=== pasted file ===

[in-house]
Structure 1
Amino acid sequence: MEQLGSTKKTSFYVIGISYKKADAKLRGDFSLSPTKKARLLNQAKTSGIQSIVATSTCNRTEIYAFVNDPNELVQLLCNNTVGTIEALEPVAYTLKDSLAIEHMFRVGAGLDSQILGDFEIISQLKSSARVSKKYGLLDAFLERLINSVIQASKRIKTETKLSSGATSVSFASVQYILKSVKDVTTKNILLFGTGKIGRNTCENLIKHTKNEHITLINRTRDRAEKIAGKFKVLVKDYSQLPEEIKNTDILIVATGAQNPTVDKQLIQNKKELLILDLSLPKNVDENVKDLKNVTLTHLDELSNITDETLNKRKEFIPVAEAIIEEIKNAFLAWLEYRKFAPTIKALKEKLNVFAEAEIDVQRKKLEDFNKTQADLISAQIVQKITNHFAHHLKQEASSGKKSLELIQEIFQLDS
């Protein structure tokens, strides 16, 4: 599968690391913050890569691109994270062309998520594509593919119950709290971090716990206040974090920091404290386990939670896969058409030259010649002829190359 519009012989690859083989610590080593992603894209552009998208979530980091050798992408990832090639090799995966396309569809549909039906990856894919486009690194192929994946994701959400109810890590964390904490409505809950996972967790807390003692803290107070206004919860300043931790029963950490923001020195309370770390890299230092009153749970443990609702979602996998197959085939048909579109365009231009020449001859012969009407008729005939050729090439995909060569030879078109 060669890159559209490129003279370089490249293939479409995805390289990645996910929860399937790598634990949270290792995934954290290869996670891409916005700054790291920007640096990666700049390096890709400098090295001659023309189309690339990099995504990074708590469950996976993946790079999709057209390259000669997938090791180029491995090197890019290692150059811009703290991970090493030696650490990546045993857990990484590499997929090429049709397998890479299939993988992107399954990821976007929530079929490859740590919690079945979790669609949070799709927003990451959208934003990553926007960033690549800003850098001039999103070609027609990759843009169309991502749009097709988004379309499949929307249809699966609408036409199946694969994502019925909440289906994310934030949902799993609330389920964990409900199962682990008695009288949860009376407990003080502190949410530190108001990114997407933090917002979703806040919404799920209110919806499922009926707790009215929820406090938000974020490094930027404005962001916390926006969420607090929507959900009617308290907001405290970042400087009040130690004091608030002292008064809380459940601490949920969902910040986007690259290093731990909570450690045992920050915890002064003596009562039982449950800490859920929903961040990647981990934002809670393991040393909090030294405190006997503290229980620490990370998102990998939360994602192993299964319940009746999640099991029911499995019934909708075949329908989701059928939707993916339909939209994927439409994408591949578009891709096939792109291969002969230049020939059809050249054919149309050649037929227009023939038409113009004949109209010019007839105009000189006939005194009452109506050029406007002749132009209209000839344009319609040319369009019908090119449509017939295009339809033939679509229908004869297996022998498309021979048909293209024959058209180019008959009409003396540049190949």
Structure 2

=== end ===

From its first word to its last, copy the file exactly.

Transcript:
[in-house]
Structure 1
Amino acid sequence: MEQLGSTKKTSFYVIGISYKKADAKLRGDFSLSPTKKARLLNQAKTSGIQSIVATSTCNRTEIYAFVNDPNELVQLLCNNTVGTIEALEPVAYTLKDSLAIEHMFRVGAGLDSQILGDFEIISQLKSSARVSKKYGLLDAFLERLINSVIQASKRIKTETKLSSGATSVSFASVQYILKSVKDVTTKNILLFGTGKIGRNTCENLIKHTKNEHITLINRTRDRAEKIAGKFKVLVKDYSQLPEEIKNTDILIVATGAQNPTVDKQLIQNKKELLILDLSLPKNVDENVKDLKNVTLTHLDELSNITDETLNKRKEFIPVAEAIIEEIKNAFLAWLEYRKFAPTIKALKEKLNVFAEAEIDVQRKKLEDFNKTQADLISAQIVQKITNHFAHHLKQEASSGKKSLELIQEIFQLDS
């Protein structure tokens, strides 16, 4: 599968690391913050890569691109994270062309998520594509593919119950709290971090716990206040974090920091404290386990939670896969058409030259010649002829190359 519009012989690859083989610590080593992603894209552009998208979530980091050798992408990832090639090799995966396309569809549909039906990856894919486009690194192929994946994701959400109810890590964390904490409505809950996972967790807390003692803290107070206004919860300043931790029963950490923001020195309370770390890299230092009153749970443990609702979602996998197959085939048909579109365009231009020449001859012969009407008729005939050729090439995909060569030879078109 060669890159559209490129003279370089490249293939479409995805390289990645996910929860399937790598634990949270290792995934954290290869996670891409916005700054790291920007640096990666700049390096890709400098090295001659023309189309690339990099995504990074708590469950996976993946790079999709057209390259000669997938090791180029491995090197890019290692150059811009703290991970090493030696650490990546045993857990990484590499997929090429049709397998890479299939993988992107399954990821976007929530079929490859740590919690079945979790669609949070799709927003990451959208934003990553926007960033690549800003850098001039999103070609027609990759843009169309991502749009097709988004379309499949929307249809699966609408036409199946694969994502019925909440289906994310934030949902799993609330389920964990409900199962682990008695009288949860009376407990003080502190949410530190108001990114997407933090917002979703806040919404799920209110919806499922009926707790009215929820406090938000974020490094930027404005962001916390926006969420607090929507959900009617308290907001405290970042400087009040130690004091608030002292008064809380459940601490949920969902910040986007690259290093731990909570450690045992920050915890002064003596009562039982449950800490859920929903961040990647981990934002809670393991040393909090030294405190006997503290229980620490990370998102990998939360994602192993299964319940009746999640099991029911499995019934909708075949329908989701059928939707993916339909939209994927439409994408591949578009891709096939792109291969002969230049020939059809050249054919149309050649037929227009023939038409113009004949109209010019007839105009000189006939005194009452109506050029406007002749132009209209000839344009319609040319369009019908090119449509017939295009339809033939679509229908004869297996022998498309021979048909293209024959058209180019008959009409003396540049190949």
Structure 2